All ATVs and snowmobiles in Pennsylvania must be registered and titled with DCNR’s Snowmobile/ATV Section.
Registration money is used to provide program administration funding; maintain trails in DCNR’s parks and forests; and provide grants to profit and non-profit organizations for developing additional riding opportunities in the commonwealth. Statewide ATV registrations approach 185,000; snowmobiles, 34,000.
For more information about ATV and snowmobile grants, visit DCNR’s trail grants webpage.
Last week, Department of Conservation and Natural Resources Secretary Cindy Adams Dunn joined other state officials and Providence Township representatives in the dedication of an Enola Low Grade Trail bridge over Route 222 in Providence Township, Lancaster County.
Funded by DCNR and PennDOT, the span is one of three bridges linking the 30-mile trail, which stretches from the Susquehanna River in Lancaster County to Atglen, Chester County.
“The Enola Low Grade is a true asset to the citizens of the southern end of Lancaster County,” Dunn told listeners gathered at the Providence Township dedication. “As sections of the trail are completed, it will provide not only health and quality of life benefits to communities, but also lay groundwork for opportunities for sustainable economic growth to support the trail users through bed and breakfasts, restaurants, bike shops, and outfitters.”
DCNR provided $300,000 to pay for design and engineering of the bridge. Bridge construction totaling $2.1 million was funded by PennDOT and Lancaster County.
“We are committed to a truly multi-modal approach as we advance transportation across Pennsylvania and helping to underwrite bicycling improvements is an important way for us to enhance the quality of life for the state,” said PennDOT Secretary Leslie S. Richards. “I personally biked this trail with Secretary Dunn and saw firsthand how this investment will have a positive regional impact.”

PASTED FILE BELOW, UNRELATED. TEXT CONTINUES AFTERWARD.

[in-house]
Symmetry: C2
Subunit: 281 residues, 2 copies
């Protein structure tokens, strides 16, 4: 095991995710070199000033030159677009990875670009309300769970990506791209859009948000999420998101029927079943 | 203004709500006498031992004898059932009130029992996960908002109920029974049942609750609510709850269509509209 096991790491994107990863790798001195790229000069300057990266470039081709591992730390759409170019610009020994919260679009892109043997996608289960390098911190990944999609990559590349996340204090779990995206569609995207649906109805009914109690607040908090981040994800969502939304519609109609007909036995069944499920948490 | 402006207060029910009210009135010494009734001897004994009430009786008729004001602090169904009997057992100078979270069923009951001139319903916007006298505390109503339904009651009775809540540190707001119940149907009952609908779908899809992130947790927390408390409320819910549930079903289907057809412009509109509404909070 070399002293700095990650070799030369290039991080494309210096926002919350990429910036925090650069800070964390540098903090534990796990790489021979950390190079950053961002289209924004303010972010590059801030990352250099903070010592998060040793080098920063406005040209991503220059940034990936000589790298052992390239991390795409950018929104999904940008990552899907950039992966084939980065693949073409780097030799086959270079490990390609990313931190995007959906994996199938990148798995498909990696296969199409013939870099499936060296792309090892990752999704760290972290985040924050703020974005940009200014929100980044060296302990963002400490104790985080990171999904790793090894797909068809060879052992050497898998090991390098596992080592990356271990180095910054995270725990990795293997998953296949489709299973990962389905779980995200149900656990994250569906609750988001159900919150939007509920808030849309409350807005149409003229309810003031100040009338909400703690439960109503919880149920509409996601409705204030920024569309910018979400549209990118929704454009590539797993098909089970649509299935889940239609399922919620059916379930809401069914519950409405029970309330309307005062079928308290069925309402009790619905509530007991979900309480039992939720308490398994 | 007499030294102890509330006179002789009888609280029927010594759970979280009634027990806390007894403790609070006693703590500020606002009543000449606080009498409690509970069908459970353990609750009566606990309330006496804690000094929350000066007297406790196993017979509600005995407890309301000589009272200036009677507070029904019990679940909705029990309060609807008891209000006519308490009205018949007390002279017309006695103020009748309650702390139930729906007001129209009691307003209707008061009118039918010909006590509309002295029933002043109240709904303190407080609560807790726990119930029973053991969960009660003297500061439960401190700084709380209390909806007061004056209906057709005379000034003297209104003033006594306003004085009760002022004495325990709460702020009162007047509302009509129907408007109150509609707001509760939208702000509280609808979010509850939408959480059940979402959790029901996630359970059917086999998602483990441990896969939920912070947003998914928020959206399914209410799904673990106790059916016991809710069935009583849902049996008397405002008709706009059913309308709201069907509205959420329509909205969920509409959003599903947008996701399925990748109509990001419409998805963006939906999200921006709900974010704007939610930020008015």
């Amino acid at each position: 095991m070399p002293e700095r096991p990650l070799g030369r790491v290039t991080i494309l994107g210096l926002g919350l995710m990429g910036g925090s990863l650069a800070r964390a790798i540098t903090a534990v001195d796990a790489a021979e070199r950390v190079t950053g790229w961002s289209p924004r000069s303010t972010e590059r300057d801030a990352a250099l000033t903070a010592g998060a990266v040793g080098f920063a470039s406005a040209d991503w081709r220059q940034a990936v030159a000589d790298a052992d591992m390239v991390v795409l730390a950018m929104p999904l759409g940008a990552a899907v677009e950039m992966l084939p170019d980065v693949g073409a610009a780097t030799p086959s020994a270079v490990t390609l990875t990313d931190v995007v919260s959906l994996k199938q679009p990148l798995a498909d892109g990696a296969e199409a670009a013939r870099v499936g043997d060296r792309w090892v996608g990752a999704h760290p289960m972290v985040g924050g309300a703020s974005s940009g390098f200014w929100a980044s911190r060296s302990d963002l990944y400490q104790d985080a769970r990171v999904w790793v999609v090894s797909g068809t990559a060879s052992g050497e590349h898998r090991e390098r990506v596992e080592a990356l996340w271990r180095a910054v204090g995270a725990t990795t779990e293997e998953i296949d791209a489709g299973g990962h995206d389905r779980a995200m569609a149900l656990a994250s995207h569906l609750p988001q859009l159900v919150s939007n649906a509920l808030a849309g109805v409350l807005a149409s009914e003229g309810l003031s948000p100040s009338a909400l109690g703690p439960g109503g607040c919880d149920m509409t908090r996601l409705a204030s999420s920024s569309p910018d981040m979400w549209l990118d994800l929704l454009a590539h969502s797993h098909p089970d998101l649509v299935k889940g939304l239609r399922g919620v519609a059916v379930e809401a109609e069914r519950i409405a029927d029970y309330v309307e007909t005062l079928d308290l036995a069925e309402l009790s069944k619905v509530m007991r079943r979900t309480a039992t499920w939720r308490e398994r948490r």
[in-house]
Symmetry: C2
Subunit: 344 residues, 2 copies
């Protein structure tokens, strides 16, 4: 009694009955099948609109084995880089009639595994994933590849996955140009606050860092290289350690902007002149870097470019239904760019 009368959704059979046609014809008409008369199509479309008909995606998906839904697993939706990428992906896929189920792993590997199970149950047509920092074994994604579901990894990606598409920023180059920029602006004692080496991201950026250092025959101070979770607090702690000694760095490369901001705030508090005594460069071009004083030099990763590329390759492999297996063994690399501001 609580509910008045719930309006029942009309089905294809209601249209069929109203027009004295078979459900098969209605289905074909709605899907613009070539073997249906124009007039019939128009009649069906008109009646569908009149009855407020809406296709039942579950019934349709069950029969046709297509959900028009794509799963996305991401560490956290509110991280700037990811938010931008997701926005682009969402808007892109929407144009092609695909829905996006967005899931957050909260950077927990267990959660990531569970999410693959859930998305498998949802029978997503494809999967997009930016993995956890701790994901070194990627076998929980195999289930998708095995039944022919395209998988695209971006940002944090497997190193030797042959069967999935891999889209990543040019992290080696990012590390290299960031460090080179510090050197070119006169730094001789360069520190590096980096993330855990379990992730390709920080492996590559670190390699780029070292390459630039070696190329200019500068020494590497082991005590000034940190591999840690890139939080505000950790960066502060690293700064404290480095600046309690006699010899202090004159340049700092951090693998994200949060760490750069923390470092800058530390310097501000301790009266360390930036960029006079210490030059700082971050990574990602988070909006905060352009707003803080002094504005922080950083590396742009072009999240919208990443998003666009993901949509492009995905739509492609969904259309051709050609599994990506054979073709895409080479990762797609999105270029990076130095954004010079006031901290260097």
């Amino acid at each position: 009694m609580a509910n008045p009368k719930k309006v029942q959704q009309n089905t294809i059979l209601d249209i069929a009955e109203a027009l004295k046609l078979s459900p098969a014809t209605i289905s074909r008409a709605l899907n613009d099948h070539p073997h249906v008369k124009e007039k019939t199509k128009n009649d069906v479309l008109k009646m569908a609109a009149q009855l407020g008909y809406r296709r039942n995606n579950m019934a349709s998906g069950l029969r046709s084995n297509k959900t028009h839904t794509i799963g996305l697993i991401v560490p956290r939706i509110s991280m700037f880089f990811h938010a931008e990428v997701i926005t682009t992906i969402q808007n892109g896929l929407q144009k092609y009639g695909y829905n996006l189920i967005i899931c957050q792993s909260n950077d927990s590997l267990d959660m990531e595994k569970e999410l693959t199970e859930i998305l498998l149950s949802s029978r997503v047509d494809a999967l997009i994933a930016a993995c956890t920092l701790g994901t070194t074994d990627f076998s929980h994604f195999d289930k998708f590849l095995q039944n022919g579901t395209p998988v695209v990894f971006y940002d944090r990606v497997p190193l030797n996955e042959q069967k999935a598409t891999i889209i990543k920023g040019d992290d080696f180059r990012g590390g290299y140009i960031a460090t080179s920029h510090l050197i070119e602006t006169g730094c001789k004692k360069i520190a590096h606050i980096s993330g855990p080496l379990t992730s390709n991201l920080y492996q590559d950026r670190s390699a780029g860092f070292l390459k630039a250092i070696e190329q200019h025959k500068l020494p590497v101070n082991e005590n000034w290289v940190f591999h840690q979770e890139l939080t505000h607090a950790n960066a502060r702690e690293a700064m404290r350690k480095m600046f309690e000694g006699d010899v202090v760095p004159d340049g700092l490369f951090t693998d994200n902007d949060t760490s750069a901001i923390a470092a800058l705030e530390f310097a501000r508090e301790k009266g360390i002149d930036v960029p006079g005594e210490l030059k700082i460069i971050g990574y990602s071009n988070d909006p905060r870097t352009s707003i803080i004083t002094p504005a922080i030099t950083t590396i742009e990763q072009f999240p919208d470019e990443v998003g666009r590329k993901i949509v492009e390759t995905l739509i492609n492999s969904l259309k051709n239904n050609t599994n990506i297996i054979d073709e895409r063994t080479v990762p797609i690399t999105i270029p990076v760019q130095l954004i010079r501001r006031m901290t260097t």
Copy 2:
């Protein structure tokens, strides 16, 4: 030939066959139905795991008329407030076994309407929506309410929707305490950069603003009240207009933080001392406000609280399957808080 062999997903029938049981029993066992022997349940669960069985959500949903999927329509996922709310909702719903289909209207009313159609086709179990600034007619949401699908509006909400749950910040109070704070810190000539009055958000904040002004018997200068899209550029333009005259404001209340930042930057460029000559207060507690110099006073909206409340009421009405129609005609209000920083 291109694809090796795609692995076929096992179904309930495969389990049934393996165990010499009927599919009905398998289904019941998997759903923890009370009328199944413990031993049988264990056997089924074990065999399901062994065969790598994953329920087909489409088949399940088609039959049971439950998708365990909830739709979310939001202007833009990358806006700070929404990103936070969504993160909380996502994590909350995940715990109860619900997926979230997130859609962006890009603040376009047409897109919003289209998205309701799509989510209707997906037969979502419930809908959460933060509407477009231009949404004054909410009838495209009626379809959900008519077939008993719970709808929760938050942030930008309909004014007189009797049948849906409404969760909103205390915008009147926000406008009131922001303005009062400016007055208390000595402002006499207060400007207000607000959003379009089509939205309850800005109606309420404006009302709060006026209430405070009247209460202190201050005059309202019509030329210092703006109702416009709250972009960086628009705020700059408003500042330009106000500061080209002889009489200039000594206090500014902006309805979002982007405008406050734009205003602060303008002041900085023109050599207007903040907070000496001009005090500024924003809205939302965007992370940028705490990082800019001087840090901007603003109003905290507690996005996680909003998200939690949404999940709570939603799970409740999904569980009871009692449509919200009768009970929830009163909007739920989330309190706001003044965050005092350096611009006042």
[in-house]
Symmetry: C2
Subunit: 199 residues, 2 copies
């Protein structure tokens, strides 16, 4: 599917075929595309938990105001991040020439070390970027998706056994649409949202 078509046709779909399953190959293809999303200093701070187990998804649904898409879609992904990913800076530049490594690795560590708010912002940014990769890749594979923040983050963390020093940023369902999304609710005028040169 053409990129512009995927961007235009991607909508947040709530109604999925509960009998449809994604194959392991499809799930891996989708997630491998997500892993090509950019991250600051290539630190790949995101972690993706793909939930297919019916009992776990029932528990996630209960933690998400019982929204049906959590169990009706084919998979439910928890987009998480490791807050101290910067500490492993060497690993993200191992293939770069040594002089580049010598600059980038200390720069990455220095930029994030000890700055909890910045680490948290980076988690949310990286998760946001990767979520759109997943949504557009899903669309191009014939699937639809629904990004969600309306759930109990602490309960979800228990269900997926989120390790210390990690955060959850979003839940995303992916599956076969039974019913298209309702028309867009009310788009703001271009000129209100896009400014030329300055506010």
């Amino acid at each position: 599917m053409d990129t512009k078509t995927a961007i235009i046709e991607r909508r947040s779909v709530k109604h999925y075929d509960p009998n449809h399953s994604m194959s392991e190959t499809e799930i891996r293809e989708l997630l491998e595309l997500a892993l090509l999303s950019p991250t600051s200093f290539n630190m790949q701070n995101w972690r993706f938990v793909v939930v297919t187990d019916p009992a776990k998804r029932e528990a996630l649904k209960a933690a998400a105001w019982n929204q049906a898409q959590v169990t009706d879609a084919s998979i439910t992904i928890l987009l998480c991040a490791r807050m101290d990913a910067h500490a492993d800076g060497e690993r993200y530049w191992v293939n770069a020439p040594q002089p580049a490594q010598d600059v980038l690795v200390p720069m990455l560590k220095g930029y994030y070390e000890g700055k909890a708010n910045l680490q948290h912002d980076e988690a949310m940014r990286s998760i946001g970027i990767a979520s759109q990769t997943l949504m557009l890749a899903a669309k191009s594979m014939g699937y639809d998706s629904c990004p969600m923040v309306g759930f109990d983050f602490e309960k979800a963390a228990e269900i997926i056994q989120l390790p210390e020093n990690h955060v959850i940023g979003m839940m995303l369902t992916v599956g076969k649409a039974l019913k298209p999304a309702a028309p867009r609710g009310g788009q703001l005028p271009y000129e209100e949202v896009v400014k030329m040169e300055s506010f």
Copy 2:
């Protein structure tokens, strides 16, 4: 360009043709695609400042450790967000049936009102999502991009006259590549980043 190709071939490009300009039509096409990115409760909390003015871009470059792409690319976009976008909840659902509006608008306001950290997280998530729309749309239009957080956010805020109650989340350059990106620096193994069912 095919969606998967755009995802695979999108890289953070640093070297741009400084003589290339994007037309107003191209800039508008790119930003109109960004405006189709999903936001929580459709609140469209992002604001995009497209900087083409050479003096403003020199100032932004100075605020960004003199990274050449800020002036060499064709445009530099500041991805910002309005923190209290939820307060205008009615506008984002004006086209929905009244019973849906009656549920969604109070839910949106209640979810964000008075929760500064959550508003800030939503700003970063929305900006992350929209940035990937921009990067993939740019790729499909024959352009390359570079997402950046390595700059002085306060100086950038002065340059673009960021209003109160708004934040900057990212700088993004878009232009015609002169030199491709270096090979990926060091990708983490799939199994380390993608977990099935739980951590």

DCNR has worked with Lancaster County and local municipalities for almost two decades to construct the trail, and Providence Township has emerged as a keystone in developing sections of the Enola Low Grade Trail east of the Safe Harbor Bridge to Atglen.
“The Enola Low Grade Trail is a great asset to the southern end of Lancaster County,” said Upper Providence Manager Vicki Eldridge. “We are thrilled that the completion of this bridge re-establishes the connection of the trail to the eastern most portions of the trail located in Quarryville Borough and Eden, Bart and Sadsbury townships.”
In addition to Providence Township, the trail passes through six other municipalities: Quarryville Borough, and Martic, Conestoga, Bart, Sadsbury, and Eden townships.
There are three large bridges along the trail. The largest—Safe Harbor in Bridge in Manor and Conestoga townships—recently received $3 million in PennDOT TAP funds and $500,000 in additional DCNR funds.
The second largest, Martic Forge, was heavily damaged by fire April 13, and the third was dedicated last week. Trail proponents say all three are critical for a connected system.
Dunn said a primary goal of DCNR is to provide a trail within 15 minutes’ travel of all Pennsylvanians. Closing priority gaps in existing trails helps achieve this, she said.
Pennsylvania’s outdoor recreation economy generates $29 billion in consumer spending; $1.9 billion in state and local tax revenue; $8.6 billion in wages and salaries; and sustains 251,000 direct Pennsylvania jobs.